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Thursday, 22 November, 2001, 13:12 GMT
Dalmiya pulls no punches
BBC Sport Online takes a look at the tough-talking that has surrounded Indian cricket following the election of Jagmohan Dalmiya as president just two months ago.
No sooner had Jagmohan Dalmiya returned to the halls of the Board for Control of Cricket in India (BCCI) than India began to punch its weight in international cricket again.
Dalmiya, 62, made a resounding comeback into cricket administration by defeating incumbent president Dr A.C. Muthiah 17-13 in a bitterly contested contest at the end of September.
As head of the Cricket Association of Bengal, he was in line for election as president next year anyway, but he was not prepared to wait another 12 months.
The election meant that he would also take a place on the International Cricket Council executive board.
One highly-placed ICC official was reported as saying: "The fox is back in the hen-coop."
But those who have followed the career of the Calcutta businessman in cricketing politics were unsurprised by the coup.
As International Cricket Council president from 1997 to 2000, and previously as BCCI secretary, Dalmiya cut a formidable figure, although his reign at the ICC ended under a cloud.
With match-fixing allegations beginning to break, he had his home and business premises raided by income tax officials and had his role in the allocation of television rights questioned.
He is the subject of an ongoing inquiry by India's Central Bureau of Investigation.
But he made it obvious during his tenture that he would fight for, and generally get, exactly what he wanted.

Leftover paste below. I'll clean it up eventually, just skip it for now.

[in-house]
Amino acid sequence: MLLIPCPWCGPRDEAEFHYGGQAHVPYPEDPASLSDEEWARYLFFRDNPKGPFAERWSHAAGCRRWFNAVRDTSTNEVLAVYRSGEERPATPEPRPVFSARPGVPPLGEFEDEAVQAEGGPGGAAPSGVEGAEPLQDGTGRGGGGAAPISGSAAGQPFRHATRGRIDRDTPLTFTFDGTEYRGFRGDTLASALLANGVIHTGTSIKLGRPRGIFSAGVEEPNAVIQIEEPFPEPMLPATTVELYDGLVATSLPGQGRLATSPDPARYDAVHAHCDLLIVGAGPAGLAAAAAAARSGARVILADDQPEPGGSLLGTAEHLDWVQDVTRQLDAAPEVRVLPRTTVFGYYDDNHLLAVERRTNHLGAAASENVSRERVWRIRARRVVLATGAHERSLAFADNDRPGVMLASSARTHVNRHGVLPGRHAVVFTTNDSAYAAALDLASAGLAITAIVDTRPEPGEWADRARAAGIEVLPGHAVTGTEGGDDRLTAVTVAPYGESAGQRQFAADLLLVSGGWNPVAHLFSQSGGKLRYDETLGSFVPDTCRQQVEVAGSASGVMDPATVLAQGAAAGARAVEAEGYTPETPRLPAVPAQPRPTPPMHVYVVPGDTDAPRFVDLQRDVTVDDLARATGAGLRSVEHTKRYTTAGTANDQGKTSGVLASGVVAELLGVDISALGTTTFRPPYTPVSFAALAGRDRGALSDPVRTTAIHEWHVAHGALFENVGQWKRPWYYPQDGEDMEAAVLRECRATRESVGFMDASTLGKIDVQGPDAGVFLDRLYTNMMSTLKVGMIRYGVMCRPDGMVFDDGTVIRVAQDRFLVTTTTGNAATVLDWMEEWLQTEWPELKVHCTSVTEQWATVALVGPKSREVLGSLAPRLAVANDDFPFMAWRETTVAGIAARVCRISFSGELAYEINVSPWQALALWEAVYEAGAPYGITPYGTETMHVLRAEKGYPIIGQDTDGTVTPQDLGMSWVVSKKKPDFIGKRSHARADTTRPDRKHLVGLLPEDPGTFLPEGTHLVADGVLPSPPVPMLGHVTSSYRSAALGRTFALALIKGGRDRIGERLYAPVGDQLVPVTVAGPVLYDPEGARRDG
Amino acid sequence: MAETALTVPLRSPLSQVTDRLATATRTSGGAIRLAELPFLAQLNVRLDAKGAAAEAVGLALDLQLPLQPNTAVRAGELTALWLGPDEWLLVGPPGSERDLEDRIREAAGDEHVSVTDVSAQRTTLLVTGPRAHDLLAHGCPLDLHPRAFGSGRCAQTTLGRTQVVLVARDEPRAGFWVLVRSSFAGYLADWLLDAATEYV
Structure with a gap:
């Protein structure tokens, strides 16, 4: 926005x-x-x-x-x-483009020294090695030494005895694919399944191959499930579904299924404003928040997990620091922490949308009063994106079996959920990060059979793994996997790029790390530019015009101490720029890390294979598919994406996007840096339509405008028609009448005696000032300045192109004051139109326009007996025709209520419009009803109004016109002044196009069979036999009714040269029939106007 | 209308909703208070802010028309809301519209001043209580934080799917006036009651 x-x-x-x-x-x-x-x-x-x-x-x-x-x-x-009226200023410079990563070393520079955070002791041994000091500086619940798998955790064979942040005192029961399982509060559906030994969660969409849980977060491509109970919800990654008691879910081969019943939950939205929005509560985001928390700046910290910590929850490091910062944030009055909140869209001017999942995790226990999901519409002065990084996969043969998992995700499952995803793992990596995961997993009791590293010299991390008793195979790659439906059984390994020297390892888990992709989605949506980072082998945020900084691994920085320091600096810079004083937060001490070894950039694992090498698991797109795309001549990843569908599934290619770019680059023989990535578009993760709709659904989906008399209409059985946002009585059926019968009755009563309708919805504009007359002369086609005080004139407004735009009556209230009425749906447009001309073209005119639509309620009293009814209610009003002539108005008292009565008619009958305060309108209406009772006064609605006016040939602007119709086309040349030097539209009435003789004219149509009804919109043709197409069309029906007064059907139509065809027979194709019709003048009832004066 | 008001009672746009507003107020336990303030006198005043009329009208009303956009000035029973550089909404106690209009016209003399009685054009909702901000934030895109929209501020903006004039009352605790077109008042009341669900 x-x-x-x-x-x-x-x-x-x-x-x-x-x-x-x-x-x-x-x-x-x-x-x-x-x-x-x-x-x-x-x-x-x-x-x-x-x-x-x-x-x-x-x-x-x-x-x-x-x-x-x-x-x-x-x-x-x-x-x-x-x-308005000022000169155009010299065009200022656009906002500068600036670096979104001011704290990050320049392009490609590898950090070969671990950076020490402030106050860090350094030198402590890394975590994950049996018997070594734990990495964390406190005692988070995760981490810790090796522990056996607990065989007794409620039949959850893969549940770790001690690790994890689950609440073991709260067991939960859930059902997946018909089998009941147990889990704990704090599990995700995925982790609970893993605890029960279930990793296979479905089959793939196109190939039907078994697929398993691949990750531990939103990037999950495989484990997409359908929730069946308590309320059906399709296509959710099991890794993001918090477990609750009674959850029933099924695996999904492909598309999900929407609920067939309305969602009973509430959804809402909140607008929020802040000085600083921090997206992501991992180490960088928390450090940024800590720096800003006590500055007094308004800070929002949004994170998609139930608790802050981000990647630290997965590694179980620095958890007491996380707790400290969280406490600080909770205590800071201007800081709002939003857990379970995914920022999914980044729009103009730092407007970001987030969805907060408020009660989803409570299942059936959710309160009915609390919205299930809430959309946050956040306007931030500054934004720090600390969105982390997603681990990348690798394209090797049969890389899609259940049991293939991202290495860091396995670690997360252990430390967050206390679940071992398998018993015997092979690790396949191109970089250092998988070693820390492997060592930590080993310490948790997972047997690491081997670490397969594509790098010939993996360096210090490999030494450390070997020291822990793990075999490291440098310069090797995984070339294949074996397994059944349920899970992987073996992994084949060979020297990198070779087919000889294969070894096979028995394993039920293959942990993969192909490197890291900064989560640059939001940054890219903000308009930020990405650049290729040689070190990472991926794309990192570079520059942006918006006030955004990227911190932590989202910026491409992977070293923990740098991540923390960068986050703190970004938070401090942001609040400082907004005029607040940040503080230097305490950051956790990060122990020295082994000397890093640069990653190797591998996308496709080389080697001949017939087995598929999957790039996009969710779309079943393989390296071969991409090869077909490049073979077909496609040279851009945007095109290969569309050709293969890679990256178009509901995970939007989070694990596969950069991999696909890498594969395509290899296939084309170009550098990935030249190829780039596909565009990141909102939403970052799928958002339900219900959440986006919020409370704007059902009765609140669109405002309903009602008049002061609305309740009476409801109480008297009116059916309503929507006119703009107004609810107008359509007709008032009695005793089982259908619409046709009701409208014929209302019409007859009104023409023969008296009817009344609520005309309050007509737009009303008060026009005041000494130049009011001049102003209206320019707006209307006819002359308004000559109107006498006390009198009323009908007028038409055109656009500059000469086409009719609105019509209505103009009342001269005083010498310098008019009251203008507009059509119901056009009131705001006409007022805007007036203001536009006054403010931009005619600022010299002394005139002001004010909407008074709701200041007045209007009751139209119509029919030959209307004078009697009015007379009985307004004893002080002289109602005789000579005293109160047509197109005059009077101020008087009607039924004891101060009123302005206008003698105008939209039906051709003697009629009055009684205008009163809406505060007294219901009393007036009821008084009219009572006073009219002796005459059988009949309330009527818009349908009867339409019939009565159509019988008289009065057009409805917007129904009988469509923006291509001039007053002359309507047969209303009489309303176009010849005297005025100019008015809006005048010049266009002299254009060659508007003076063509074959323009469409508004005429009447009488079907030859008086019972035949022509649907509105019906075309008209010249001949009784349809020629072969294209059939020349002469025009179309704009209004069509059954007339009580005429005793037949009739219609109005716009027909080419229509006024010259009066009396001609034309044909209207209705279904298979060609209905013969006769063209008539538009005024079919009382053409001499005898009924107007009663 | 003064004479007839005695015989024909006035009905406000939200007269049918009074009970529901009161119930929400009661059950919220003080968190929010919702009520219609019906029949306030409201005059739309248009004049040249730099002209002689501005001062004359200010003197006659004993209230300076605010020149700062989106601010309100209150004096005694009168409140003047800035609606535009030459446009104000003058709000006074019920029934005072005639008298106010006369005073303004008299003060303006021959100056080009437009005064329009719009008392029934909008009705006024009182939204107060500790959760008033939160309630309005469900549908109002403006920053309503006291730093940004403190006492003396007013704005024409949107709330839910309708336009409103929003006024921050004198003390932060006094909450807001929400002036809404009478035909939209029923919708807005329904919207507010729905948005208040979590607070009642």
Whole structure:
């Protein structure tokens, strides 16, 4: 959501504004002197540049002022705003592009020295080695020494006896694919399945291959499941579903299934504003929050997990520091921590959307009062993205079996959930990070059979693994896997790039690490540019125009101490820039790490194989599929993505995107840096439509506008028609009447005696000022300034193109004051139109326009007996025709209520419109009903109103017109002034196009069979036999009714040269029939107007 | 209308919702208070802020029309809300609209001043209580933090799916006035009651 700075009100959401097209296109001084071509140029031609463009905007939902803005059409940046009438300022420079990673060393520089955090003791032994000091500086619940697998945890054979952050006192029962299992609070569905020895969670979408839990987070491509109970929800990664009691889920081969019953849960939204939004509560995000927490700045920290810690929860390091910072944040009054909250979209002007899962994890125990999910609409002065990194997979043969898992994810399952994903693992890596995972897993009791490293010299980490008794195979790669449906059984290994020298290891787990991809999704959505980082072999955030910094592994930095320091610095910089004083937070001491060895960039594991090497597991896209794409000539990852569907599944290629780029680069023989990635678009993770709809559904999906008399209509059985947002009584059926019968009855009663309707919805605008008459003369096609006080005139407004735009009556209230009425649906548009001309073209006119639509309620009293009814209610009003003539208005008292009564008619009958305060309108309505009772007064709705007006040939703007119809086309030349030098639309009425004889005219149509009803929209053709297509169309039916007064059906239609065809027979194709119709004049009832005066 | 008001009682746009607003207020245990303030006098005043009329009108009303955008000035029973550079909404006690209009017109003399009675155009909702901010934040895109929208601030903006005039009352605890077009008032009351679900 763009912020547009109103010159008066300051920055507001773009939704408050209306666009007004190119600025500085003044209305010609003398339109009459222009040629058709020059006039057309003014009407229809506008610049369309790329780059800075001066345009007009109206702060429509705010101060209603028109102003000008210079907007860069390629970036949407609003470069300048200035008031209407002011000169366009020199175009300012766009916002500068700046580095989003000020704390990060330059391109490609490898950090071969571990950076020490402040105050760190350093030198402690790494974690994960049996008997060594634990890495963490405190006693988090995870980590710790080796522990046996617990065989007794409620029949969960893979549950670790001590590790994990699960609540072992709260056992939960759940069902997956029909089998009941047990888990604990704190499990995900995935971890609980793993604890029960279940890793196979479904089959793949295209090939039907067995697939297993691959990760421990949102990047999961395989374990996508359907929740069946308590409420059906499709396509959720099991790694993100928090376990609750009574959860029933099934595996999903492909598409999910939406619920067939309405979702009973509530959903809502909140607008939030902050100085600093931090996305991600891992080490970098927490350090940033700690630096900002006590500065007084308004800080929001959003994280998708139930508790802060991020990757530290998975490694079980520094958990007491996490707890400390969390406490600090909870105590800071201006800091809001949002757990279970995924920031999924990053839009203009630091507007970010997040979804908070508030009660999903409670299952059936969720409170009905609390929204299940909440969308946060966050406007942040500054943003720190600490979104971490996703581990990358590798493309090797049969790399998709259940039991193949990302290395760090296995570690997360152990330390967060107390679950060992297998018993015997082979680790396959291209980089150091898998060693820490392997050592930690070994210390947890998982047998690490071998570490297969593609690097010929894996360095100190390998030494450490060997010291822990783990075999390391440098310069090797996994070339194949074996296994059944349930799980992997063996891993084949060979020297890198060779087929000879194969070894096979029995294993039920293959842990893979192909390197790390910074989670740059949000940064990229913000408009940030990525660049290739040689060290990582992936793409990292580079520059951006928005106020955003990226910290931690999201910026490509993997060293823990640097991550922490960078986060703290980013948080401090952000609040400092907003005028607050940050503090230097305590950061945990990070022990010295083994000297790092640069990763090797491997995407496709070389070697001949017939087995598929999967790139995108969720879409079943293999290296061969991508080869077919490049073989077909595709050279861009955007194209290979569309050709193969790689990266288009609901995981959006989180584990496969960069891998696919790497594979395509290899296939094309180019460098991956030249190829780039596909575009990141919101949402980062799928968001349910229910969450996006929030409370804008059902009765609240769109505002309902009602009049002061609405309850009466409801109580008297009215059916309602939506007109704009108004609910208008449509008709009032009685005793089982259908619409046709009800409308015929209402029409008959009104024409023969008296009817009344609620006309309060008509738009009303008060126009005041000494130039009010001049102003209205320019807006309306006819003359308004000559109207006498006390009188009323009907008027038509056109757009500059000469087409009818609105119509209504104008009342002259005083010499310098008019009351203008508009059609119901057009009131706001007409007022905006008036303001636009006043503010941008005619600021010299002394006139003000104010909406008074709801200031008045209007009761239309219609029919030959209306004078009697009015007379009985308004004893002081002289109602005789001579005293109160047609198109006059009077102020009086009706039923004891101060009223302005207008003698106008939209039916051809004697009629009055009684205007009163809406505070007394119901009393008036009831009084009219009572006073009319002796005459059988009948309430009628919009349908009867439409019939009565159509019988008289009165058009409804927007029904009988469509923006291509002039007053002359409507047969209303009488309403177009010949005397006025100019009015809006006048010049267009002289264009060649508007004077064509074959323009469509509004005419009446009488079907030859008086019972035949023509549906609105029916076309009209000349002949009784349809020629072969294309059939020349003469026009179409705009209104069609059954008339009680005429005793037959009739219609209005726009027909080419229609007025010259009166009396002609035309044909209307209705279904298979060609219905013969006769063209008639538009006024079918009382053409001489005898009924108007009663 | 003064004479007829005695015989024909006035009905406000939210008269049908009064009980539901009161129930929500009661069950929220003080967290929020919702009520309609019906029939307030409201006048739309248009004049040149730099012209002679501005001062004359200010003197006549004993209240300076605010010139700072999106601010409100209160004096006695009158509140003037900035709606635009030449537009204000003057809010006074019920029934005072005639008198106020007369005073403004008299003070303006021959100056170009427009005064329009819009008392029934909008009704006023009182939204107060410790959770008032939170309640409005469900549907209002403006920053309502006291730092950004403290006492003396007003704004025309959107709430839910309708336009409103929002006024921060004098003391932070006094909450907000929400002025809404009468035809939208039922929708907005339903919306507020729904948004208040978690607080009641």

New Zealander John Wright had been a controversial, and expensive, appointment as coach of the national team, at the behest of Muthiah.
Wright's side had defeated Australia at home but reverted to mediocrity on tour in Zimbabwe and later South Africa.
One of Dalmiya's first pronouncements was to distance himself from the Wright regime.
He said that he had been in touch with the coach, on tour in South Africa, to ask him to explain the reasons behind the side's poor performances.
But, as his ICC presidency showed, Dalmiya's tough talking is best reserved for the traditional bastions of world cricket.
On 15 October, England and Wales Cricket Board chief Lord MacLaurin declared that, unless the security situation in the subcontinent improved dramatically, England's tour to India would be called off.
MacLaurin was thought to have been threatened a potentially bankrupting withdrawal of India from next year's reciprocal tour.
Bickering between the two nations has continued through the tour, with Dalmiya threatening to cut India's tour programme in England if the tourists do not agree to more one-day matches in January.
Then came the Mike Denness incident. Back home, India was outraged by the decision of the match referee and demanded that both he and his punishments be withdrawn.
A face-saving measure was the obvious solution, but Dalmiya, as always, was adamant.
"There will be no compromise," he said.
But, whatever side of the divide you stand - and with Dalmiya there often seems to be a divide - few will argue that he has not been good for cricket, especially in Asia.
As ICC boss, he challenged the dominance of the elder Test nations, and their methods, increasing the number of lucrative one-day tournaments being held around the world.
As chairman of the Asian Cricket Federation he increased the influence which India, Pakistan and Sri Lanka had on world issues.
His position is at odds with the traditional emphasis on Test cricket, and his perspective differs from that of the old guard, so he will never be short of enemies.
But it is his individual approach and forthright style that makes hackles raise on a personal level when Dalmiya is involved in negotiations.
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